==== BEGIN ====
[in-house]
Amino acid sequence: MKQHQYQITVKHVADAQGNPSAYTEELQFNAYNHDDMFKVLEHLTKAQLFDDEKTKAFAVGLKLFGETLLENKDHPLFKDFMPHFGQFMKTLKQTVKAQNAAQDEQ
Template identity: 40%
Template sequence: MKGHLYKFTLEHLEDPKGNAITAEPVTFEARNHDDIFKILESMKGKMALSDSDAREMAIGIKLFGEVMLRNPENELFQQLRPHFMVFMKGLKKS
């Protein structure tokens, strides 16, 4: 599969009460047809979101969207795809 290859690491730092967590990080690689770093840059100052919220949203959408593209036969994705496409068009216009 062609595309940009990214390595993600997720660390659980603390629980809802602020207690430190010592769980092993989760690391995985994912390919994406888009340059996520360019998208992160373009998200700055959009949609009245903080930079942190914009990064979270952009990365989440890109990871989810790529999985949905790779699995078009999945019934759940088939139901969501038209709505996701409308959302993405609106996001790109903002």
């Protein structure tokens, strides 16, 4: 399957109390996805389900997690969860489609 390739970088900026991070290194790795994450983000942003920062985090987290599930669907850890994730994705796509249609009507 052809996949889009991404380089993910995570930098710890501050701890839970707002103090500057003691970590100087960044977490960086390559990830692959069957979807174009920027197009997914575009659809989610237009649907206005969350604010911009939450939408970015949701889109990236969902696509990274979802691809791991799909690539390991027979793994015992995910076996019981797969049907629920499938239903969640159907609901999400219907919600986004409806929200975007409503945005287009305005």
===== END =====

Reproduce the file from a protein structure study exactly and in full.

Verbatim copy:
[in-house]
Amino acid sequence: MKQHQYQITVKHVADAQGNPSAYTEELQFNAYNHDDMFKVLEHLTKAQLFDDEKTKAFAVGLKLFGETLLENKDHPLFKDFMPHFGQFMKTLKQTVKAQNAAQDEQ
Template identity: 40%
Template sequence: MKGHLYKFTLEHLEDPKGNAITAEPVTFEARNHDDIFKILESMKGKMALSDSDAREMAIGIKLFGEVMLRNPENELFQQLRPHFMVFMKGLKKS
């Protein structure tokens, strides 16, 4: 599969009460047809979101969207795809 290859690491730092967590990080690689770093840059100052919220949203959408593209036969994705496409068009216009 062609595309940009990214390595993600997720660390659980603390629980809802602020207690430190010592769980092993989760690391995985994912390919994406888009340059996520360019998208992160373009998200700055959009949609009245903080930079942190914009990064979270952009990365989440890109990871989810790529999985949905790779699995078009999945019934759940088939139901969501038209709505996701409308959302993405609106996001790109903002």
């Protein structure tokens, strides 16, 4: 399957109390996805389900997690969860489609 390739970088900026991070290194790795994450983000942003920062985090987290599930669907850890994730994705796509249609009507 052809996949889009991404380089993910995570930098710890501050701890839970707002103090500057003691970590100087960044977490960086390559990830692959069957979807174009920027197009997914575009659809989610237009649907206005969350604010911009939450939408970015949701889109990236969902696509990274979802691809791991799909690539390991027979793994015992995910076996019981797969049907629920499938239903969640159907609901999400219907919600986004409806929200975007409503945005287009305005």